Dan's Outside

I go, I see, I do, I walk, I think, I like…

More About the Half Dome Death

Earlier I posted a short piece referencing the SFGate article about the unfortunate death on the Half Dome cable route. I now see that SFGate outdoor writer Tom Stienstra has posted an entry in his blog on the subject, and that many have commented on it.

I’m prepared to revise my initial thinking on this a bit, though only a bit. I continue to believe that trying to make the outdoors risk-free is both unwise and doomed to failure. However, it seems that the situation on the cable route has perhaps gotten out of control. While I do not agree with those who would require people to climb the route in a particular way (example: one person suggested requiring an overnight stay in Little Yosemite Valley) I do think that it is time to make the nature of this climb clearer to those who might be tempted to try it.

Of course, the news stories about this death will serve that goal to some extent. This may be one of the situations where the Park Service should amp up the “fear factor” a bit, in the way they have with the bear situation. A 16+ mile round trip with an elevation gain of nearly 5000 feet that ascends an exposed rock face that, while not tremendously difficult, presents a real risk of fatal consequences should not be undertaken lightly by inexperienced hikers. While knowledgable hikers and climbers may scoff at Park service warnings (I certainly do from time to time regarding the bear situation), a greater good may be served by encouraging additional respect for the difficulties this route presents to those who are not experienced or not in shape.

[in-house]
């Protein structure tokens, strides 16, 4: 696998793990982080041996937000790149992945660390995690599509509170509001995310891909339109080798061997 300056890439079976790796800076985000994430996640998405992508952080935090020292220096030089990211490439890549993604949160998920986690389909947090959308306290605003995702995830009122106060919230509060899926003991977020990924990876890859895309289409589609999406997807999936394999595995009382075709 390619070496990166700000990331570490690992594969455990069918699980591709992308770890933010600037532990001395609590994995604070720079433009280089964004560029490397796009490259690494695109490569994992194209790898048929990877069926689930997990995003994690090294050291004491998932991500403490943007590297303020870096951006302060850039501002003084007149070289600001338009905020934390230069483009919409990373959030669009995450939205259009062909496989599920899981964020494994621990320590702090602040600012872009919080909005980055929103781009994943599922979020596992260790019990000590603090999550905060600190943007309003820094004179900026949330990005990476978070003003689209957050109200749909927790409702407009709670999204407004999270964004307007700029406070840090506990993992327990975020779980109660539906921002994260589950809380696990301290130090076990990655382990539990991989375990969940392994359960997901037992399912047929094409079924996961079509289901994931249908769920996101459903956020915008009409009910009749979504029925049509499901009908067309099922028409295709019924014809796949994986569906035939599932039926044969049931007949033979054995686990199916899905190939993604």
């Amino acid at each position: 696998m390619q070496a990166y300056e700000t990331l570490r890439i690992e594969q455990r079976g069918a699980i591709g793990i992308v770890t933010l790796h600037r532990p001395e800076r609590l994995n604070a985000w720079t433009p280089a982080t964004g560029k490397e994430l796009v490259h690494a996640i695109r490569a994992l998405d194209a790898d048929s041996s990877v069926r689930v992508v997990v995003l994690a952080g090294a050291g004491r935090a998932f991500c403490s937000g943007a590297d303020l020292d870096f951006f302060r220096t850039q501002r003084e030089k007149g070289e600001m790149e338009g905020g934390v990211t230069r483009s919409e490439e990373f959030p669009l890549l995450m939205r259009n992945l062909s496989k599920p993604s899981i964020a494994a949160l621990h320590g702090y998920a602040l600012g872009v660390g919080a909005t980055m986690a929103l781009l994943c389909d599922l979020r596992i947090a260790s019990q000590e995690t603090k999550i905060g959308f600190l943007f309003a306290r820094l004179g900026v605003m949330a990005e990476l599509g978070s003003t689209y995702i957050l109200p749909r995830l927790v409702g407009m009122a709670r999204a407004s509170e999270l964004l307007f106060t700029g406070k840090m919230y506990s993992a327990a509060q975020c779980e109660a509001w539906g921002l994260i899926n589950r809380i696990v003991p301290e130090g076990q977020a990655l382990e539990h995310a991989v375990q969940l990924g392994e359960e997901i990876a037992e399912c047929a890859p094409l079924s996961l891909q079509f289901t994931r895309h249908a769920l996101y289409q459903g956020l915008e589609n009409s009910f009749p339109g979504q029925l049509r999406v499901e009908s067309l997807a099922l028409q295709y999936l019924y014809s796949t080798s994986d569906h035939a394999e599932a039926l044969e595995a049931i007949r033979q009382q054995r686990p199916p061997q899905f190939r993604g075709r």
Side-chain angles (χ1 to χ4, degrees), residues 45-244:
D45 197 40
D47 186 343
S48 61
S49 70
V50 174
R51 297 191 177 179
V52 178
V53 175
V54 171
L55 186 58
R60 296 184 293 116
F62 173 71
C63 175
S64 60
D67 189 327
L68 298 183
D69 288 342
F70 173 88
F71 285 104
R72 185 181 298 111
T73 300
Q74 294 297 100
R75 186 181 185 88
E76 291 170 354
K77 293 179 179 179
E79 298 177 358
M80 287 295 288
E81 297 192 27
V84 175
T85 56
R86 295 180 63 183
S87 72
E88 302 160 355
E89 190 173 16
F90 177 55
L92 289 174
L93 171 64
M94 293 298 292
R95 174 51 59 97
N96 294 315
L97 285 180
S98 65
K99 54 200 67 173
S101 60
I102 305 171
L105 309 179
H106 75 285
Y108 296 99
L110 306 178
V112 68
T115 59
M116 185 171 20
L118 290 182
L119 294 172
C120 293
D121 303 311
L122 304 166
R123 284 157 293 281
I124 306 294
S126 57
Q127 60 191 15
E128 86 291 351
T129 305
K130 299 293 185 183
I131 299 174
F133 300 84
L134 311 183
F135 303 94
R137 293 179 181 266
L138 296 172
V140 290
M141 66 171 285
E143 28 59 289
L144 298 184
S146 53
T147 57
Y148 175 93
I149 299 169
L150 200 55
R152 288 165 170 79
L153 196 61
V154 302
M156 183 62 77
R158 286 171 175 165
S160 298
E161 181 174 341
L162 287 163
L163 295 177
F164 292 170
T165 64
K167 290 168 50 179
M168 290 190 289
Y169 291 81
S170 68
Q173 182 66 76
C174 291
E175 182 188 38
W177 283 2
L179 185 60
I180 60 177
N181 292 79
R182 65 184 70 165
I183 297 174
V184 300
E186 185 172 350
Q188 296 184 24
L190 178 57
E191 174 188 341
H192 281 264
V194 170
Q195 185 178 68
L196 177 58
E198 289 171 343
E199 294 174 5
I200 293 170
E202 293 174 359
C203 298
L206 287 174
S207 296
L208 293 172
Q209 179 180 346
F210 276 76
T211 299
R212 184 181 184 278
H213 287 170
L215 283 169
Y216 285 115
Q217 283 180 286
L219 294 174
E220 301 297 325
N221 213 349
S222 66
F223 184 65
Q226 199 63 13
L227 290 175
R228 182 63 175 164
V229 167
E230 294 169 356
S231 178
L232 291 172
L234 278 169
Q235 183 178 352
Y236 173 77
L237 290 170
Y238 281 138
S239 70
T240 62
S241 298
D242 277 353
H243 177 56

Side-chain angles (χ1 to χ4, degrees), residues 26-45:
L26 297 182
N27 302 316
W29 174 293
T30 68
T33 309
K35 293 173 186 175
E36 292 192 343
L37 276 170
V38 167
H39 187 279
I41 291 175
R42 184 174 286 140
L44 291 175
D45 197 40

June 19, 2007 Posted by | Yosemite | Comments Off on More About the Half Dome Death

Deadly Trek Up Half Dome

From an SFGate article: Rangers re-examining safety of popular hike after a fatal fall from cables during final ascent

Nohara didn’t have time to speak or even shout before he slid off the side of Half Dome to his death, becoming the third fatality within a year off the 4,800-foot granite dome.

The death of Nohara on Saturday is forcing Yosemite rangers to re-examine safety on the long trek to Half Dome, a grueling 17.2-mile round trip that culminates with a dizzying 400-foot climb up a ladder-like contraption made of cables and wooden steps leading to the top.

“We need to be concerned about visitor safety and look at it seriously, but the fact that it is wilderness makes it a unique situation,” said Ranger Adrienne Freeman, the park spokeswoman.

This accident is tragic but the fact is that it isn’t possible to eliminate all danger from outdoor activities, particularly those in the mountains. There is always some element of risk, even in situations where risk is not the main goal of those participating. Thousands and thousands of people have ascended the exposed Half Dome “cable route” – and they have been rewarded with an astonishing view and a powerful sense of accomplishment and connection with the natural world. There have been very, very few serious accidents or fatalities.